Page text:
Friday, October 29, 2010
Hallowe'en officially is a holiday that originated in Ireland; however, at a recent dinner party (a fairly typical 2 pm on Sunday thing) we learned that in general people feel like Hallowe'en actually belongs to the USA.
Certainly there are many aspects of Hallowe'en that originate in Ireland... but in general the consumer sport that has become Hallowe'en has only just immigrated from America in the past few years. In fact a few of the guests had NEVER even carved a pumpkin before!
So, here's a brief telling of what I learned about Hallowe'en during that dinner party (with no Internet searching... so this is by word of mouth alone).
Everyone certainly trick'o'treated as children... well everyone that is, except Deirdre, who grew up in Belfast in the 70s (as she put it... they had enough fireworks without Hallowe'en). However, Deirdre (and everyone else) certainly participated in dressing up (homemade costumes, of course), playing various party games (bobbing for apples) and carving Jack O'Lanterns.
Now, if you've been paying attention you probably have realized the discrepancy in my information... Jack O'Lantern (Irish sounding name if you think about it) but no pumpkins... Well they carved really large turnips. Apparently it's a LOT harder than a pumpkin, and many spoons would be wasted by the effort. There's a story about Jack O'Lantern wandering around in the night with his carved turnip, but I don't know the punchline.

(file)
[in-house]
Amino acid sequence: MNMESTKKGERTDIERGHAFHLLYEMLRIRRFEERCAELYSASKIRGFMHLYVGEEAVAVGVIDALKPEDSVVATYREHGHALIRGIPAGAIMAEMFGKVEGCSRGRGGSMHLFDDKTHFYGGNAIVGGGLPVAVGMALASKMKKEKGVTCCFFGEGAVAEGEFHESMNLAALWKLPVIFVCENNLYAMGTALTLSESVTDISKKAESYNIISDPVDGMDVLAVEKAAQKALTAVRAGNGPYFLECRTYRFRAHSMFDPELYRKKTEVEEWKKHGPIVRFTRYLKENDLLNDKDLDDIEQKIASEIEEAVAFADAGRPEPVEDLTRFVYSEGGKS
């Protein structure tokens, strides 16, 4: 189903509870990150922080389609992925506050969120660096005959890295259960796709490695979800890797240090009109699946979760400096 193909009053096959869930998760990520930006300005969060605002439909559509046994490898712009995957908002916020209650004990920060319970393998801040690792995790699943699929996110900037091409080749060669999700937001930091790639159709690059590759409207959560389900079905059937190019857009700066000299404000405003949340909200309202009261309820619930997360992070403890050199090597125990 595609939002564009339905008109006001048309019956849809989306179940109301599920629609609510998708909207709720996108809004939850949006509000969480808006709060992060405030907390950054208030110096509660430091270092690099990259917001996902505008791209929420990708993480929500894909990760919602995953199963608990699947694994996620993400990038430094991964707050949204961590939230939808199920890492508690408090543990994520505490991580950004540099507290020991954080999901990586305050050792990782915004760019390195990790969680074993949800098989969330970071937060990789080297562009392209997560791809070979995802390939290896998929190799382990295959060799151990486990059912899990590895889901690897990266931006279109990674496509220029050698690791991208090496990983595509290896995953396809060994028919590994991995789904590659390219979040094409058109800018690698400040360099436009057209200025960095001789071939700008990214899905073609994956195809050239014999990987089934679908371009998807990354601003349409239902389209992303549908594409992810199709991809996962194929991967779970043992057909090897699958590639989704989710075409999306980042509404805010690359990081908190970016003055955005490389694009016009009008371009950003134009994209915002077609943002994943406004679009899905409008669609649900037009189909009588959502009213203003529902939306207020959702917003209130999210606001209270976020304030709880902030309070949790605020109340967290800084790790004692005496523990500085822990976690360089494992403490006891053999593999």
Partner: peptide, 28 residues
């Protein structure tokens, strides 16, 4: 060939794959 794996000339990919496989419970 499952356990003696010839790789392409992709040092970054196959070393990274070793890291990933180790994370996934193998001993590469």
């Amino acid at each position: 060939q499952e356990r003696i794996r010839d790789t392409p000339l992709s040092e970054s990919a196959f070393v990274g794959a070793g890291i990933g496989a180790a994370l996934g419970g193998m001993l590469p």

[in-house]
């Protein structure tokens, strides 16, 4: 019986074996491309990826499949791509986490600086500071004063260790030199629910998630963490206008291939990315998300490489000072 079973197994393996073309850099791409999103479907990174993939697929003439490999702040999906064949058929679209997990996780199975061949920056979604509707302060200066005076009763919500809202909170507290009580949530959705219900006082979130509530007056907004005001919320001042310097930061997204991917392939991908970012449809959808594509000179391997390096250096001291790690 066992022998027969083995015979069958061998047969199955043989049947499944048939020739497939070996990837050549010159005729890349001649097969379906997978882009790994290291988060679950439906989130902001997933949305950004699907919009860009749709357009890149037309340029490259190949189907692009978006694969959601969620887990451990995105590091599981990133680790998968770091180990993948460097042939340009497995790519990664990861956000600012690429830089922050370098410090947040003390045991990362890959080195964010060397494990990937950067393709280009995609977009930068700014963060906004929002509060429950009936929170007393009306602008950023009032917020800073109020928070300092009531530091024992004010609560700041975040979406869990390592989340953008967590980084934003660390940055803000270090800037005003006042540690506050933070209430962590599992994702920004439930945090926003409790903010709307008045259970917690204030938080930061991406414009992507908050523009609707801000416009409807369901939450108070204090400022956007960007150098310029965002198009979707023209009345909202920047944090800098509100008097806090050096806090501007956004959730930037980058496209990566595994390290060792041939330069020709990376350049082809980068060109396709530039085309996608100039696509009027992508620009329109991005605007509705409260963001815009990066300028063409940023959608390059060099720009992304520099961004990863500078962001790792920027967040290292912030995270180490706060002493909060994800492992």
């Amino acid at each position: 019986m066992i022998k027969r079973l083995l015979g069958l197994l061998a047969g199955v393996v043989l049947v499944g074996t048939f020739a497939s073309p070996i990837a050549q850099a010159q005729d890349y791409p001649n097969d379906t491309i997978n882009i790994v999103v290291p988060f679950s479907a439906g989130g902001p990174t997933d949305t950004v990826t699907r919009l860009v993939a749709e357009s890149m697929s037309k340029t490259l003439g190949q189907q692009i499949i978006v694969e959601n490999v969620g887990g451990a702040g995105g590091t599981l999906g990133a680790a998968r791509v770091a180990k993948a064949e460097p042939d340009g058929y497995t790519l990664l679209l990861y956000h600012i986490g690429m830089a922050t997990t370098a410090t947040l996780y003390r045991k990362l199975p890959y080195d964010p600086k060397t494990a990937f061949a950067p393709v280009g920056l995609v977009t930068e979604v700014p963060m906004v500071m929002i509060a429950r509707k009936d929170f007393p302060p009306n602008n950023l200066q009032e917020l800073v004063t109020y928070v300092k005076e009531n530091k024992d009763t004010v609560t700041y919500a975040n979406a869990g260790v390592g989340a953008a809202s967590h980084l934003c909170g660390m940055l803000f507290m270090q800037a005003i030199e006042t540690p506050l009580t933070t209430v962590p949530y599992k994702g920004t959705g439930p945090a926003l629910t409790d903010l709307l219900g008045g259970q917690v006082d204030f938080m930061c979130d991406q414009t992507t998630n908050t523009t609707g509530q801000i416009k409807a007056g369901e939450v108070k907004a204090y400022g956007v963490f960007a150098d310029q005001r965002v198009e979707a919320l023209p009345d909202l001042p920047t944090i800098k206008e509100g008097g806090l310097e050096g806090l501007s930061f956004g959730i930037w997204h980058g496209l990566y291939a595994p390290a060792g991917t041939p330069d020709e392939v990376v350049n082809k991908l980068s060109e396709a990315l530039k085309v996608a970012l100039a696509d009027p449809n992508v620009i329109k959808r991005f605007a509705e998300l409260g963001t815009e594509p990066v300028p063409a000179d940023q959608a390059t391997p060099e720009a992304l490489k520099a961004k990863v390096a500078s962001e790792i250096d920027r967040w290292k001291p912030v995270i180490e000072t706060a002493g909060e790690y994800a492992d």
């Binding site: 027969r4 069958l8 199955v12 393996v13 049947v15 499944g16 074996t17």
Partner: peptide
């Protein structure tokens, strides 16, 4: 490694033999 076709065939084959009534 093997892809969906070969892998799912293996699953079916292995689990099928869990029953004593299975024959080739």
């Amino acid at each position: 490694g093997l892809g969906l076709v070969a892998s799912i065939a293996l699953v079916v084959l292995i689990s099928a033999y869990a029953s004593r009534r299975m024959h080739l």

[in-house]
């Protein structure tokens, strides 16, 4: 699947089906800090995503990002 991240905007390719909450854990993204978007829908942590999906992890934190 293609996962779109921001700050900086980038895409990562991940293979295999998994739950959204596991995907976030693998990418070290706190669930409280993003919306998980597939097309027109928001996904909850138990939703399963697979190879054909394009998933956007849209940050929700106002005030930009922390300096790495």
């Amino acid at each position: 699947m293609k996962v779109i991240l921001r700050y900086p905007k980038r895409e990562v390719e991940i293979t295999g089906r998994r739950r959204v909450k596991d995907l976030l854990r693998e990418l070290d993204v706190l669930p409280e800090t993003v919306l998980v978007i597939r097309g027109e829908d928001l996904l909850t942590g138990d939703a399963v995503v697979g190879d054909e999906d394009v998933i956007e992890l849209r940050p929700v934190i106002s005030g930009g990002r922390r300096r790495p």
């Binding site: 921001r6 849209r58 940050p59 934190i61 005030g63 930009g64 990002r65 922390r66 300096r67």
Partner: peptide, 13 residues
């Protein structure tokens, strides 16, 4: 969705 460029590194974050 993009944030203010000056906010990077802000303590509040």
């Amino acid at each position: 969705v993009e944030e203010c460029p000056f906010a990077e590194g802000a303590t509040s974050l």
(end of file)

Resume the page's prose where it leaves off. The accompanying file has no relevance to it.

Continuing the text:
Anyways, in Ireland tricks are still part of the treating, so Nikolai may find himself being asked to do a trick in order to get his treat (perhaps he can show them how good he is at twirling until he's dizzy). Fireworks and egging abounds. But most of all Hallowe'en falls somewhere on a week of a national holiday (last Monday in October is a bank holiday, but all schools from preschool up to NUIM are closed for the week) so the festivities carry on all week.
And if you were to go to the local farmers market last weekend and try to buy kale (our fav) you may have been surprised to find that they'd all sold out. Colcannon (recipe below) and Barm Brack (regular tea brack is made for everyday, but barm brack is made with fortune telling charms) are traditional All Hallows E'en fare.
1. Make mashed potatoes with 1lbs of floury potatoes, 2 oz butter, 150 ml of cream or milk.
2. Shred, then steam until cooked 1/2 head of cabbage (or the more traditional kale)
3. Finely chop 6 spring onions (or the more traditional leek)
4. Mix together and season to taste! A yummy way to get your toddler to eat their greens.
The pic is from the playground in Kinsale; Brad practicing with different camera features. You'll just have to wait until after Hallowe'en to see what our ghoul dresses up as!